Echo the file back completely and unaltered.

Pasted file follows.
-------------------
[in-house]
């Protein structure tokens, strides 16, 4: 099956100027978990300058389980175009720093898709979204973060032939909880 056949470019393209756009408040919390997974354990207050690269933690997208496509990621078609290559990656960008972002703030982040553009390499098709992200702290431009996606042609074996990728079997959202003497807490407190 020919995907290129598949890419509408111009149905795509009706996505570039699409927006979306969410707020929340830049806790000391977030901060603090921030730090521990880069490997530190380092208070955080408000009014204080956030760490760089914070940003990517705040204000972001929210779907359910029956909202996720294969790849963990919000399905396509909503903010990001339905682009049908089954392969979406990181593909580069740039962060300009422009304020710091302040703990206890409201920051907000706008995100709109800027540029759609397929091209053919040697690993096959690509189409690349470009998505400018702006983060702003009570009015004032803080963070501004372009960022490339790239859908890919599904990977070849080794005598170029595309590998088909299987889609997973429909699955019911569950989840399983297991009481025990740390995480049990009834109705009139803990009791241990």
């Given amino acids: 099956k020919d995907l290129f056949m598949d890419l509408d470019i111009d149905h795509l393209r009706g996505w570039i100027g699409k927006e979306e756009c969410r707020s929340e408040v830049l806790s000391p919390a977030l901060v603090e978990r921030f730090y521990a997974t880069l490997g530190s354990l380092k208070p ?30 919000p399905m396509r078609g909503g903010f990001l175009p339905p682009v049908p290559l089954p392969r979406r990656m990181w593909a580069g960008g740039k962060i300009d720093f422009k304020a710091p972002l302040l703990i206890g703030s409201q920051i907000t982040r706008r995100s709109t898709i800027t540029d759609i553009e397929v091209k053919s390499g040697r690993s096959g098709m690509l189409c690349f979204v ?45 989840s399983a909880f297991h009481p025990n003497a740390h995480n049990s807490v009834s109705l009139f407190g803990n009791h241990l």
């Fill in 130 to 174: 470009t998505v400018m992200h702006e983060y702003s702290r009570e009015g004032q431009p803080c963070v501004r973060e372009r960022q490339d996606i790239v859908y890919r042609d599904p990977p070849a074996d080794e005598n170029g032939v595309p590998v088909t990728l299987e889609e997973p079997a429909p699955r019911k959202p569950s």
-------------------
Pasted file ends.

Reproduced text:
[in-house]
């Protein structure tokens, strides 16, 4: 099956100027978990300058389980175009720093898709979204973060032939909880 056949470019393209756009408040919390997974354990207050690269933690997208496509990621078609290559990656960008972002703030982040553009390499098709992200702290431009996606042609074996990728079997959202003497807490407190 020919995907290129598949890419509408111009149905795509009706996505570039699409927006979306969410707020929340830049806790000391977030901060603090921030730090521990880069490997530190380092208070955080408000009014204080956030760490760089914070940003990517705040204000972001929210779907359910029956909202996720294969790849963990919000399905396509909503903010990001339905682009049908089954392969979406990181593909580069740039962060300009422009304020710091302040703990206890409201920051907000706008995100709109800027540029759609397929091209053919040697690993096959690509189409690349470009998505400018702006983060702003009570009015004032803080963070501004372009960022490339790239859908890919599904990977070849080794005598170029595309590998088909299987889609997973429909699955019911569950989840399983297991009481025990740390995480049990009834109705009139803990009791241990």
């Given amino acids: 099956k020919d995907l290129f056949m598949d890419l509408d470019i111009d149905h795509l393209r009706g996505w570039i100027g699409k927006e979306e756009c969410r707020s929340e408040v830049l806790s000391p919390a977030l901060v603090e978990r921030f730090y521990a997974t880069l490997g530190s354990l380092k208070p ?30 919000p399905m396509r078609g909503g903010f990001l175009p339905p682009v049908p290559l089954p392969r979406r990656m990181w593909a580069g960008g740039k962060i300009d720093f422009k304020a710091p972002l302040l703990i206890g703030s409201q920051i907000t982040r706008r995100s709109t898709i800027t540029d759609i553009e397929v091209k053919s390499g040697r690993s096959g098709m690509l189409c690349f979204v ?45 989840s399983a909880f297991h009481p025990n003497a740390h995480n049990s807490v009834s109705l009139f407190g803990n009791h241990l």
């Fill in 130 to 174: 470009t998505v400018m992200h702006e983060y702003s702290r009570e009015g004032q431009p803080c963070v501004r973060e372009r960022q490339d996606i790239v859908y890919r042609d599904p990977p070849a074996d080794e005598n170029g032939v595309p590998v088909t990728l299987e889609e997973p079997a429909p699955r019911k959202p569950s």